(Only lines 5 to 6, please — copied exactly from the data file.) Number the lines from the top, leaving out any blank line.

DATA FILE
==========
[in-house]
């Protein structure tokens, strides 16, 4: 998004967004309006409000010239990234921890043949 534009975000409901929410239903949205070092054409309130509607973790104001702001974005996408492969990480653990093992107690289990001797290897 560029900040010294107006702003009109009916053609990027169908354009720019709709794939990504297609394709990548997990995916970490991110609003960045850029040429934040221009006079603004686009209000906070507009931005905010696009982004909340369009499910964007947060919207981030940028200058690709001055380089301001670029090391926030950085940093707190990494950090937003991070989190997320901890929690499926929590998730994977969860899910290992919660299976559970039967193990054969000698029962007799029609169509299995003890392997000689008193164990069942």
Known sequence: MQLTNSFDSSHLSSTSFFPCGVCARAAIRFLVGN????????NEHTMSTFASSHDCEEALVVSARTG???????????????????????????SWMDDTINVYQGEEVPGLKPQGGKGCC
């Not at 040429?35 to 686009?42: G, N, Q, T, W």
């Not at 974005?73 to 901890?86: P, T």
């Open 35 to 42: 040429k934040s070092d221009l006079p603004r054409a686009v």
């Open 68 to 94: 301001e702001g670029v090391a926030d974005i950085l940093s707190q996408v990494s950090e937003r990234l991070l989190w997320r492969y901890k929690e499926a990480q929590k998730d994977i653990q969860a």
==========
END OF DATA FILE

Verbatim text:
């Not at 974005?73 to 901890?86: P, T």
């Open 35 to 42: 040429k934040s070092d221009l006079p603004r054409a686009v």